Friday, February 9, 2018

Market conditions to get tougher for investors

In an interview with Zee Business, Marc Faber outlines the reasons why markets are facing some headwinds but is unclear on whether it means the bull market since 2009 has ended. 


In US, a bull market started essentially nine years ago in March 2009. We are up close to 4 times since then, and in the last two years we never had a correction of more than 5 percent. After these conditions, it is not unlikely that the market will face some tough time. Market may decline by 40 per cent. I'm not saying it will happen. I say it could happen. 

In 1987, we have had a 40% correction, followed by recession, then market continued to go up until 2000. My sense is we had a nirvana condition for financial assets over the last 8-9 years. Bonds, stocks and practically every sector has rallied. Dollar was firm. All these conditions will change. It will be more challenging for investors. 


via www.zeebiz.com/india/news-rbi-deserves-positive-marks-for-keeping-rupee-stable-marc-faber-36578

Thursday, February 1, 2018

Its been more than a year since the S&P500 had a 5 percent pullback

Marc Faber's latest commentary is out which he discusses the Regulations, Society and the rising stock markets. Read the commentary below.



Charles Hugh Smith recently penned an essay entitled Social Change Will Upend the Status Quo: The nation is fragmenting because the Status Quo is failing the majority of the citizenry.

According to Hugh Smith, "The core narrative of the Status Quo is that nothing fundamental needs to be changed: all the problems can be solved with more ‘free money’ (borrowed from the future at low rates of interest) and a few policy tweaks such as Universal Basic Income.
This core narrative is false: everything needs to change, from the bottom up. And that of course terrifies those gorging at the trough of status quo wealth and power."

Hugh Smith then discusses the theories of Peter Turchin. Peter Turchin is a Russian-American scientist, specializing in cultural evolution and the statistical analysis of the dynamics of historical societies.

His 2016 book Ages of Discord explains why we should be worried about the current course taken by American society and how we can use history to plan a better future. According to Turchin, "something happened to American society during the 1970s. Several previously positive social, economic, and political trends suddenly reversed their direction."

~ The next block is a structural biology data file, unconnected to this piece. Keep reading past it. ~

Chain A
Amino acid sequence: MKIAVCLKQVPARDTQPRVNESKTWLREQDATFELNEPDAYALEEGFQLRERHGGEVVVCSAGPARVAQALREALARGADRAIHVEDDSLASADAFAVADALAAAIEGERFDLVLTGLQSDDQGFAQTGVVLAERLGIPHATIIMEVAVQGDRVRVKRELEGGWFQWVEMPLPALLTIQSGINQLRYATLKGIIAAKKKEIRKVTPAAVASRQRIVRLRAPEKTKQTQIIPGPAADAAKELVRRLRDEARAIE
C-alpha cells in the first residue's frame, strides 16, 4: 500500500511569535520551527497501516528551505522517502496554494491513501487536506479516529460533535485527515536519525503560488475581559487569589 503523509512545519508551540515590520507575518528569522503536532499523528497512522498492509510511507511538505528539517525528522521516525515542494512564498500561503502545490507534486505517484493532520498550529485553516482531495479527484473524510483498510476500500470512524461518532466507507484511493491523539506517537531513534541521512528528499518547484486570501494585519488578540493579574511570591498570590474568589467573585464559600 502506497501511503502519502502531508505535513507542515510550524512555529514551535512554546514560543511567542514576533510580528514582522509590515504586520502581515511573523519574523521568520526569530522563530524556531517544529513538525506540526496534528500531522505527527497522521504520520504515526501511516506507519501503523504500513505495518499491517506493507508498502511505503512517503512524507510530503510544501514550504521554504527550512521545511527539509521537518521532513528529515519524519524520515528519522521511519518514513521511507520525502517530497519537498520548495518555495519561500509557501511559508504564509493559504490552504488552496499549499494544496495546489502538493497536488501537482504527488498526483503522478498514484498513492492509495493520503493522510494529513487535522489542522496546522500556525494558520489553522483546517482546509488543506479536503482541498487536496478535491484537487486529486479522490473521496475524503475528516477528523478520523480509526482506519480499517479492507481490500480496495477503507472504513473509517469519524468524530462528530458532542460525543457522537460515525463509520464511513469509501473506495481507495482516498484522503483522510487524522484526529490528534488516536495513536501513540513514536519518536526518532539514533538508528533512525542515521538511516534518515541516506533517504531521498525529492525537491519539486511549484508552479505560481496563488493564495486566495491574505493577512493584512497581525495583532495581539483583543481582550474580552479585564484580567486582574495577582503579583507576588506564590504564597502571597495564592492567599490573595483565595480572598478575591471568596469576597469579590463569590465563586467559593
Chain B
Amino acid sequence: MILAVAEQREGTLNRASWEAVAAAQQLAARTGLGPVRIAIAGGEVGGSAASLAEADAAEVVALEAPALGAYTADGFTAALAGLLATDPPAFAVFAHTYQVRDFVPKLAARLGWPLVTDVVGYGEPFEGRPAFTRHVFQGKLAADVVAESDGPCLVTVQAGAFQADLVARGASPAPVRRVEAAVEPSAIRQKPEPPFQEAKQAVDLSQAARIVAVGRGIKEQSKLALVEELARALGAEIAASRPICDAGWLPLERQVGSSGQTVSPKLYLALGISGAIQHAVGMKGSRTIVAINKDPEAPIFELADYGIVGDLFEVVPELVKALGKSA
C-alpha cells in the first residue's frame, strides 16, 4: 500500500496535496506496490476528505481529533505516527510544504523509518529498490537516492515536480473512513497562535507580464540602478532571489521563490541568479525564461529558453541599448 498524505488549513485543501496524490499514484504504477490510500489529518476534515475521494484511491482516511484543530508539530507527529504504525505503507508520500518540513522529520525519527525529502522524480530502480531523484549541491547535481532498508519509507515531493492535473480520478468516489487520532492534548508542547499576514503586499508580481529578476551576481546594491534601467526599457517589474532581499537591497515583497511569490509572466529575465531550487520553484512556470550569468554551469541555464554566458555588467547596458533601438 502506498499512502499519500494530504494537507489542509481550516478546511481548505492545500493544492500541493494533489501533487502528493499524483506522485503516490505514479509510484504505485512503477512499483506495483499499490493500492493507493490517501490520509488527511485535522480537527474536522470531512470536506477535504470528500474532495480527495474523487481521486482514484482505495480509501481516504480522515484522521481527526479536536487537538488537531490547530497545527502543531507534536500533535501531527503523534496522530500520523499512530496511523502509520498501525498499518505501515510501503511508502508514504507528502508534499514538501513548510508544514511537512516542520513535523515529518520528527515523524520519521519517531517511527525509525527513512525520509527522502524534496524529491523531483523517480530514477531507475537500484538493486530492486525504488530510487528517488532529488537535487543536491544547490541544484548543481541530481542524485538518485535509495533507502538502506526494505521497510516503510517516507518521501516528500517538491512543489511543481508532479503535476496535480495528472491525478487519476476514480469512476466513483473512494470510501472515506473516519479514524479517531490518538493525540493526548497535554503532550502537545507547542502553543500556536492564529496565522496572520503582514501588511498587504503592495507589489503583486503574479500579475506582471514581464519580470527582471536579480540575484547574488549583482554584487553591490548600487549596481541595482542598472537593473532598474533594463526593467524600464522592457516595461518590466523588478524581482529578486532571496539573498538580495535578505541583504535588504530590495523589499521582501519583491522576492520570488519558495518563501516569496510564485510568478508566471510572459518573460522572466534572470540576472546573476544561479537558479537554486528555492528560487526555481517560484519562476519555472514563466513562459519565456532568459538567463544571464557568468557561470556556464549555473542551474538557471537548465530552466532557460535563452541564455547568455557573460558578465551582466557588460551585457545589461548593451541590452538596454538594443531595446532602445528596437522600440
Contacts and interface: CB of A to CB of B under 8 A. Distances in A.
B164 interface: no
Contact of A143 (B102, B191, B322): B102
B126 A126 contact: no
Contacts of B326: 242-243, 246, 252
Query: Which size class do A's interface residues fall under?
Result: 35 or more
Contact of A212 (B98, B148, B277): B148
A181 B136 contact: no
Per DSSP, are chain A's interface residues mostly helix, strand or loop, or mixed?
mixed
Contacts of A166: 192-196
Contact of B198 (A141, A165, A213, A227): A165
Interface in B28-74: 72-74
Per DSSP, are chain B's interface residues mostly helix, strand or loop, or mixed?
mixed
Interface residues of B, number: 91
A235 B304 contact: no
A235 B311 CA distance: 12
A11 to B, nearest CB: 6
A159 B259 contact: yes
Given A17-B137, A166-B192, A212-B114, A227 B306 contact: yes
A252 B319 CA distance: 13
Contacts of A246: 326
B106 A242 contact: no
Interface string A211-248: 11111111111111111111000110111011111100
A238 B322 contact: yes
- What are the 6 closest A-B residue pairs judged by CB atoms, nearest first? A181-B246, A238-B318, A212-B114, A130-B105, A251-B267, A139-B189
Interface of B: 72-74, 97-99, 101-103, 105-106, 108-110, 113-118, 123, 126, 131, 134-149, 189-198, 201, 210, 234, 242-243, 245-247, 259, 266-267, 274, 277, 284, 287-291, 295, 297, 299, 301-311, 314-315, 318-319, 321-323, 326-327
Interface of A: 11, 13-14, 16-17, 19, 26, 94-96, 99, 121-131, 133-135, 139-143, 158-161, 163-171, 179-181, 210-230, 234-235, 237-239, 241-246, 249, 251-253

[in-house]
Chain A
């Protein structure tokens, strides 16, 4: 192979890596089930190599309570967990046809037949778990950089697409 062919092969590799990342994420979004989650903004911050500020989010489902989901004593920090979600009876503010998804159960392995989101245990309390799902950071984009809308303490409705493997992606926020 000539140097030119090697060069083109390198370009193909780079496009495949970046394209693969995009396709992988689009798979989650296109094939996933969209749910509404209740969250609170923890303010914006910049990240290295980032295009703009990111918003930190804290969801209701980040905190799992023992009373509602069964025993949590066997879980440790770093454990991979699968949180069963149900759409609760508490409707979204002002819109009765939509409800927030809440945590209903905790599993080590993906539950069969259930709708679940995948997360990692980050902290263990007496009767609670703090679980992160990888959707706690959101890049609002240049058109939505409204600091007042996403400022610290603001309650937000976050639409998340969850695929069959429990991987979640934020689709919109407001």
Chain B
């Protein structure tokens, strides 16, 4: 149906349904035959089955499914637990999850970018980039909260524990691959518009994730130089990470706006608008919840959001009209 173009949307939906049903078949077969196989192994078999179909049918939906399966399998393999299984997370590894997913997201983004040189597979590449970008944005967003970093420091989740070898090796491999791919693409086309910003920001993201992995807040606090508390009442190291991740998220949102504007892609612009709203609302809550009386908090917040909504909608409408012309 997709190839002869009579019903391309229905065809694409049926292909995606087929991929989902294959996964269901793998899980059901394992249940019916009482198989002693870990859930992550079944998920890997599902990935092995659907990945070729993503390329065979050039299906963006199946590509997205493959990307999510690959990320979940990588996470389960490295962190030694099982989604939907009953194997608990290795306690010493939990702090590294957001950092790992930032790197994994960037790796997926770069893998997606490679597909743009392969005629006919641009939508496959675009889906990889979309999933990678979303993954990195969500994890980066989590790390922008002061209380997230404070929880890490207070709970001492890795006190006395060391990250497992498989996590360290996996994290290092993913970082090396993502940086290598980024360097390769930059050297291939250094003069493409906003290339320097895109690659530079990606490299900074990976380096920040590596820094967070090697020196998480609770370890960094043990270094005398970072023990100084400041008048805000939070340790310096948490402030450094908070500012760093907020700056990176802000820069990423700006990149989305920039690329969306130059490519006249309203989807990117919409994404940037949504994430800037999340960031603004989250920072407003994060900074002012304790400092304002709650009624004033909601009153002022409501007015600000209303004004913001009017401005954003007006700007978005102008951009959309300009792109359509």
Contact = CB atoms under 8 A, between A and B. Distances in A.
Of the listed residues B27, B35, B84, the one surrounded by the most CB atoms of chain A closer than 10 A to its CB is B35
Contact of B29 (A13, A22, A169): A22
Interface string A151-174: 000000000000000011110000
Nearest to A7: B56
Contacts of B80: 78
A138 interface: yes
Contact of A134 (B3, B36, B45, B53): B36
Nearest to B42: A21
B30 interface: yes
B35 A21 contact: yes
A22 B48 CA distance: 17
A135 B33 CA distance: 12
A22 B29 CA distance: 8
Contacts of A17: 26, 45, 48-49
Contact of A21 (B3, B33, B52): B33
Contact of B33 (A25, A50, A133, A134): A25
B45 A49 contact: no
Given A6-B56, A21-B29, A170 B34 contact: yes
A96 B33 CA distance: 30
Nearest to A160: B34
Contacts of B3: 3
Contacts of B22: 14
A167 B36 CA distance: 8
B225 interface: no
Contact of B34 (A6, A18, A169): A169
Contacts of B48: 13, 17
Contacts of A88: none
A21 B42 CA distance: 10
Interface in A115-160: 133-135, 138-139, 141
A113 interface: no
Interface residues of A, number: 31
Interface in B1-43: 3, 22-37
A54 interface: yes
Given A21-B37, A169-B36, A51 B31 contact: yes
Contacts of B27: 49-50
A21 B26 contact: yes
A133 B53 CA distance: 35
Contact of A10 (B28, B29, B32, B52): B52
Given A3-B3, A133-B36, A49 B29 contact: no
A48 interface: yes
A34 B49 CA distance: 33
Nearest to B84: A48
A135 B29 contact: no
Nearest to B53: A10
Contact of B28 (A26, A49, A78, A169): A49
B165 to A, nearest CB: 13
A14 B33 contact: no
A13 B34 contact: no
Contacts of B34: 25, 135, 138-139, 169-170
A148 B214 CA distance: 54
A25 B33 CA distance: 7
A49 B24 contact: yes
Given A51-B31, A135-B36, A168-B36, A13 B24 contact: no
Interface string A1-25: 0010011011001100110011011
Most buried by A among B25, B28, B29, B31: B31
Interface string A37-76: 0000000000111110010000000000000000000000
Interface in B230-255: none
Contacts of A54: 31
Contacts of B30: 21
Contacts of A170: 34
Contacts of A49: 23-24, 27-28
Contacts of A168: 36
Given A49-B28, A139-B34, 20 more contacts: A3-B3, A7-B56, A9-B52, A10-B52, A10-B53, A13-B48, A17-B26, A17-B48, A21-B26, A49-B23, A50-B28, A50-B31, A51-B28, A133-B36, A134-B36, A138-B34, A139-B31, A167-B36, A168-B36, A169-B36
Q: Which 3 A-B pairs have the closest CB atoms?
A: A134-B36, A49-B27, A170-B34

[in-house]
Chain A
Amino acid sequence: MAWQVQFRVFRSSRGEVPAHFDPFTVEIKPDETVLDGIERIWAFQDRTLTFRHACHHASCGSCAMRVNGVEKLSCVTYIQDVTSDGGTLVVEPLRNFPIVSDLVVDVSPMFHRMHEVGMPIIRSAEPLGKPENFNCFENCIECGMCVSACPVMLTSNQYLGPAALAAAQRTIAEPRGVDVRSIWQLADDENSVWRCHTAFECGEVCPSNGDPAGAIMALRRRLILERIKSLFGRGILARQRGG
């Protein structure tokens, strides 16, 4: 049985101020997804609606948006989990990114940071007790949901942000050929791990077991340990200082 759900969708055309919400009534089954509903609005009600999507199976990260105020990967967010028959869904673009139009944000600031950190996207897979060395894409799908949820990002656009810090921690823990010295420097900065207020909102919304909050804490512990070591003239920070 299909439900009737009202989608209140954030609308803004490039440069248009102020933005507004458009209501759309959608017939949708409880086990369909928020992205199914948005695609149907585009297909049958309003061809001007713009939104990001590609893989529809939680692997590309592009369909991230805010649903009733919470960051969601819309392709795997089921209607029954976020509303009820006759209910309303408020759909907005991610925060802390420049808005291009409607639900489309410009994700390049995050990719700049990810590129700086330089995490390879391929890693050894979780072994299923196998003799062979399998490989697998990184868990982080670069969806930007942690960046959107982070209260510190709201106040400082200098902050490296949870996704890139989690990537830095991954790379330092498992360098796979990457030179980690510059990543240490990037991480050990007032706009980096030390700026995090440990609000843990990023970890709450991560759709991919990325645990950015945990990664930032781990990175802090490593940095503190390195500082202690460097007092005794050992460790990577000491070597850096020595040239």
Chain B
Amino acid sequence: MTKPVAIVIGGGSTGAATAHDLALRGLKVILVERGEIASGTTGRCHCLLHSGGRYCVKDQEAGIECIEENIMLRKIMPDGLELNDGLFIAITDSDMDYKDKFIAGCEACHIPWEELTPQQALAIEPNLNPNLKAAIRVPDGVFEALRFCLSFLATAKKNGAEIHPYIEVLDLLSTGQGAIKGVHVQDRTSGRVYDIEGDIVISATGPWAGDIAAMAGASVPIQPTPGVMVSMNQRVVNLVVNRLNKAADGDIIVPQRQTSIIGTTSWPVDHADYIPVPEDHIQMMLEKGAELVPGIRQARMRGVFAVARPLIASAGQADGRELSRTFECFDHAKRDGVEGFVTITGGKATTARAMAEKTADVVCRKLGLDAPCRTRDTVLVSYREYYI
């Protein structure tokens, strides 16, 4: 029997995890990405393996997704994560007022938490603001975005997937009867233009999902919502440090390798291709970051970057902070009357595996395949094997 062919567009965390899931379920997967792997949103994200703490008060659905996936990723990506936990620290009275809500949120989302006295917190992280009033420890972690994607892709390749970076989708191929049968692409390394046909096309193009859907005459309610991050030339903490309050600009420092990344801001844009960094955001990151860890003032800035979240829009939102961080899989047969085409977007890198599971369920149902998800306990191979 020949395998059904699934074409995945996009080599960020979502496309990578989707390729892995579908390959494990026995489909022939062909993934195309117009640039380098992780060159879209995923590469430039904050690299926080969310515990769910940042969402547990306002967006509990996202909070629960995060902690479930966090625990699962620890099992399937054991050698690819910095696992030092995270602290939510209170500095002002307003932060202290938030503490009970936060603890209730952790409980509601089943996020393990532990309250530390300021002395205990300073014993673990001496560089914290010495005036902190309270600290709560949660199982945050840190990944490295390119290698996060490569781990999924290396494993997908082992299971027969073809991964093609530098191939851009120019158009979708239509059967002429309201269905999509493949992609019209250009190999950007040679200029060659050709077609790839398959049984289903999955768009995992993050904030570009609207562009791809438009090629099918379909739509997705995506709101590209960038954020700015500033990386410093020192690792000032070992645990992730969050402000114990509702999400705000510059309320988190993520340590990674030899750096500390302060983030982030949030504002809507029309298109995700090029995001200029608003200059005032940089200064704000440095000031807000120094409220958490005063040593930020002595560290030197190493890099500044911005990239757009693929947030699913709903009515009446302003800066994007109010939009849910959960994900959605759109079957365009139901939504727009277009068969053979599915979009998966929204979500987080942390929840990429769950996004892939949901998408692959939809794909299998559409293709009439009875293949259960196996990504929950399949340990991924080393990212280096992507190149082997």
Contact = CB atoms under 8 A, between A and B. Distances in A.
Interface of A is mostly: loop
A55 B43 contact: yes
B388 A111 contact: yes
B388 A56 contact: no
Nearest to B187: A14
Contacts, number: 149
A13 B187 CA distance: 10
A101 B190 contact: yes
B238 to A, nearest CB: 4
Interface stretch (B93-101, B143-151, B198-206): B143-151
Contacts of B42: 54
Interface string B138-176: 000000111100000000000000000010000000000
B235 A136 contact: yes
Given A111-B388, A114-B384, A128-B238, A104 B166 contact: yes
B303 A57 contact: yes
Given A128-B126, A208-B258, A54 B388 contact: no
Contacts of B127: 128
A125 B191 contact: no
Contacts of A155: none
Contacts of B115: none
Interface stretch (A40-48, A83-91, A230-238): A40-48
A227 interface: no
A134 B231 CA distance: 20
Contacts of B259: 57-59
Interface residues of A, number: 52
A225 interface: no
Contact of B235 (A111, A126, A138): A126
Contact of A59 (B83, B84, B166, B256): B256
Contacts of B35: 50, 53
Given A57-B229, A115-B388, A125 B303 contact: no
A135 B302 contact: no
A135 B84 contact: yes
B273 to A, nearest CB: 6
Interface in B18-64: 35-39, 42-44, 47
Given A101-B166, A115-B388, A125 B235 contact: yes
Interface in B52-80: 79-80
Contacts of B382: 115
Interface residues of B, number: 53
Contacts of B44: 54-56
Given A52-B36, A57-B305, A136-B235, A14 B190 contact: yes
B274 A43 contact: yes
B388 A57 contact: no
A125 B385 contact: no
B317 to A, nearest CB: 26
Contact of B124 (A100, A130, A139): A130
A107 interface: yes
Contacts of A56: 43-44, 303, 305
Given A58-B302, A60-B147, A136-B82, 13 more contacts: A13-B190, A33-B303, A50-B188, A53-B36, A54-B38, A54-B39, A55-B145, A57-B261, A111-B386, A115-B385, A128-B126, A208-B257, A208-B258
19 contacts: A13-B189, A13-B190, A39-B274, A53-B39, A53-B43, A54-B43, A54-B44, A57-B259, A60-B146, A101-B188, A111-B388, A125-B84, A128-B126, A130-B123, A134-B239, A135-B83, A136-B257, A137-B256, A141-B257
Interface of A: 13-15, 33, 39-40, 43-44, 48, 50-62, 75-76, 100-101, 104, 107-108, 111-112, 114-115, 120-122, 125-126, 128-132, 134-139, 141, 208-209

Turchin further explains that, "there were two periods in American history that were remarkably free of political violence: the Era of Good Feelings (the 1820s) and the post-war prosperity of the 1950s, which I termed the Era of Good Feelings II. After the quiet 1950s, however, incidents of political violence again became more frequent and now we may be in the middle of another wave of sociopolitical instability.

Waves of sociopolitical instability are characterized by

1. An over-supply of labor that suppresses real (inflation-adjusted) wages
2. An overproduction of essentially parasitic Elites
3. A deterioration in central state finances (over-indebtedness, decline in tax revenues, increase in state dependents, fiscal burdens of war, etc.)"

I love the expression of "overproduction of essentially parasitic elites," which includes an oversupply of bureaucrats.

Fortunately, the pace of new regulation has visibly slowed in the Trump administration. A search of OMB’s database reveals that, between January and December 2017, the Office of Information and Regulatory Affairs concluded review of 21 ‘economically significant’ regulations - those with impacts (costs or benefits) expected to be $100 million or more in a year. There are indeed far fewer rules than previous presidents have issued in their first years.

The most impressive part is that some of these "significant" rules are actually designed to reduce red tape.

The S&P 500 has made history on a seemingly weekly basis with its record highs, but this unprecedented feat is about longevity. The index has gone for over 400 days without a 5% pullback, putting it at the longest streak on record, dating back to 1929, an infamous year no doubt.

But as Valerius observed in the first century A.D.
"The divine wrath is slow indeed in vengeance, but it makes up for its tardiness by the severity of the punishment."


via gloomboomdoom.com

Monday, January 22, 2018

Precious metals are an attractive investment for 2018 | Market overview



Marc Faber in the interview with GoldSeek talks about Central Banks balance sheet and how the market has become very vulnerable. 

Other topics discussed as follows
-Previous metals could move up huge this year.

-Cryptocurrencies boom could be over. The main reason cryptos has gone up is pure speculation.
-Stock market is overbought.

-Possibly not a bad time to raise cash. This is the asset class that is most neglected at the present time. Everybody wants to hold real estate, stocks, cryptos. Marc Faber makes the bullish case for cash by saying, "I would say why dont you hold some cash."

-The Japanese Yen and Japanese Shares could rally.

-The Euro could go higher.

-The bond market is clearly manipulated otherwise the interest rate in Europe and US would not be this low.

-Young people may be the losers with the loose monetary policies. Dr Faber says, "I benefit from this money printing."




Tuesday, January 2, 2018

2018 to see market leadership changes and downside volatility

"Asset markets enjoyed a superb 2017. It is doubtful that in 2018 all asset markets will appreciate in concert as they did in 2017." 

"Rather, I expect that some diverging trends among asset prices will emerge and that the expected change in leadership will bring about some painful downside volatility."


Related Article
Market Forecast for 2017 



via gloomboomdoom




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